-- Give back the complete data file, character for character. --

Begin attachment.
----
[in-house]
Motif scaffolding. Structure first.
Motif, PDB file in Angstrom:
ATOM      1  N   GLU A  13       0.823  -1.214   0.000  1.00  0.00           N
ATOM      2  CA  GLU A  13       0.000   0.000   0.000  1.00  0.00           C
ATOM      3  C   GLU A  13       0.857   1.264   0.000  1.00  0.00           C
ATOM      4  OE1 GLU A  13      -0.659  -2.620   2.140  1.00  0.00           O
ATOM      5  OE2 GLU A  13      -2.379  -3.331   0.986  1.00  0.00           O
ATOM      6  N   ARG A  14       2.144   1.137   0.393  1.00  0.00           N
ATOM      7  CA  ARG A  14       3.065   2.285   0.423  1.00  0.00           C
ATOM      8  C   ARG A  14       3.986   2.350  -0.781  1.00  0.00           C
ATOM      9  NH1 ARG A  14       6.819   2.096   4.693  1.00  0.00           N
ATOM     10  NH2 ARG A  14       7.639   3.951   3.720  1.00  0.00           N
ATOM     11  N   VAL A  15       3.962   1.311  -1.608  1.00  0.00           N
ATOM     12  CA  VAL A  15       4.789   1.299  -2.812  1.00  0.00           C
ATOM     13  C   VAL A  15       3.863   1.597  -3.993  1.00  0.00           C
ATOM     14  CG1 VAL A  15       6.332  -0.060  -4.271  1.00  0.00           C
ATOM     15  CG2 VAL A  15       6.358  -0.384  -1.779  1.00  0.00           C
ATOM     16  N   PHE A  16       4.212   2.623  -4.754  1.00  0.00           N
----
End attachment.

[in-house]
Motif scaffolding. Structure first.
Motif, PDB file in Angstrom:
ATOM      1  N   GLU A  13       0.823  -1.214   0.000  1.00  0.00           N
ATOM      2  CA  GLU A  13       0.000   0.000   0.000  1.00  0.00           C
ATOM      3  C   GLU A  13       0.857   1.264   0.000  1.00  0.00           C
ATOM      4  OE1 GLU A  13      -0.659  -2.620   2.140  1.00  0.00           O
ATOM      5  OE2 GLU A  13      -2.379  -3.331   0.986  1.00  0.00           O
ATOM      6  N   ARG A  14       2.144   1.137   0.393  1.00  0.00           N
ATOM      7  CA  ARG A  14       3.065   2.285   0.423  1.00  0.00           C
ATOM      8  C   ARG A  14       3.986   2.350  -0.781  1.00  0.00           C
ATOM      9  NH1 ARG A  14       6.819   2.096   4.693  1.00  0.00           N
ATOM     10  NH2 ARG A  14       7.639   3.951   3.720  1.00  0.00           N
ATOM     11  N   VAL A  15       3.962   1.311  -1.608  1.00  0.00           N
ATOM     12  CA  VAL A  15       4.789   1.299  -2.812  1.00  0.00           C
ATOM     13  C   VAL A  15       3.863   1.597  -3.993  1.00  0.00           C
ATOM     14  CG1 VAL A  15       6.332  -0.060  -4.271  1.00  0.00           C
ATOM     15  CG2 VAL A  15       6.358  -0.384  -1.779  1.00  0.00           C
ATOM     16  N   PHE A  16       4.212   2.623  -4.754  1.00  0.00           N